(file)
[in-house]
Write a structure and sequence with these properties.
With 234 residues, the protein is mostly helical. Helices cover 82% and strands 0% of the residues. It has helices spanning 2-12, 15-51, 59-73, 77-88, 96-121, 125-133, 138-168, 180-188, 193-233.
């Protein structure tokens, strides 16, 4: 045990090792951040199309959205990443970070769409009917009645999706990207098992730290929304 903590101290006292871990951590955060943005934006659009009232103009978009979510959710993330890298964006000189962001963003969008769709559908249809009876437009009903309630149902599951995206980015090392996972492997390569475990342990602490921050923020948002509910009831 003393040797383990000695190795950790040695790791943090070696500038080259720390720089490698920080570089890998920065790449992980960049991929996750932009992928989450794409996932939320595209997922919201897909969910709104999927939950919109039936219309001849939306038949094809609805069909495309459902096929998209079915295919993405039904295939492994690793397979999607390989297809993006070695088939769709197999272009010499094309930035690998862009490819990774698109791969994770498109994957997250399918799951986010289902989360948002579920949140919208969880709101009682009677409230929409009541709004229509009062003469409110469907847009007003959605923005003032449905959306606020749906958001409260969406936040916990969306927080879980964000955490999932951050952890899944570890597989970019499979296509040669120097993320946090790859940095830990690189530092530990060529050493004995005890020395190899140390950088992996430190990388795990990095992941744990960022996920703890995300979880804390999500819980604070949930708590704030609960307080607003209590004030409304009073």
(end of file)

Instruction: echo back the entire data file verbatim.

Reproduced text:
[in-house]
Write a structure and sequence with these properties.
With 234 residues, the protein is mostly helical. Helices cover 82% and strands 0% of the residues. It has helices spanning 2-12, 15-51, 59-73, 77-88, 96-121, 125-133, 138-168, 180-188, 193-233.
């Protein structure tokens, strides 16, 4: 045990090792951040199309959205990443970070769409009917009645999706990207098992730290929304 903590101290006292871990951590955060943005934006659009009232103009978009979510959710993330890298964006000189962001963003969008769709559908249809009876437009009903309630149902599951995206980015090392996972492997390569475990342990602490921050923020948002509910009831 003393040797383990000695190795950790040695790791943090070696500038080259720390720089490698920080570089890998920065790449992980960049991929996750932009992928989450794409996932939320595209997922919201897909969910709104999927939950919109039936219309001849939306038949094809609805069909495309459902096929998209079915295919993405039904295939492994690793397979999607390989297809993006070695088939769709197999272009010499094309930035690998862009490819990774698109791969994770498109994957997250399918799951986010289902989360948002579920949140919208969880709101009682009677409230929409009541709004229509009062003469409110469907847009007003959605923005003032449905959306606020749906958001409260969406936040916990969306927080879980964000955490999932951050952890899944570890597989970019499979296509040669120097993320946090790859940095830990690189530092530990060529050493004995005890020395190899140390950088992996430190990388795990990095992941744990960022996920703890995300979880804390999500819980604070949930708590704030609960307080607003209590004030409304009073």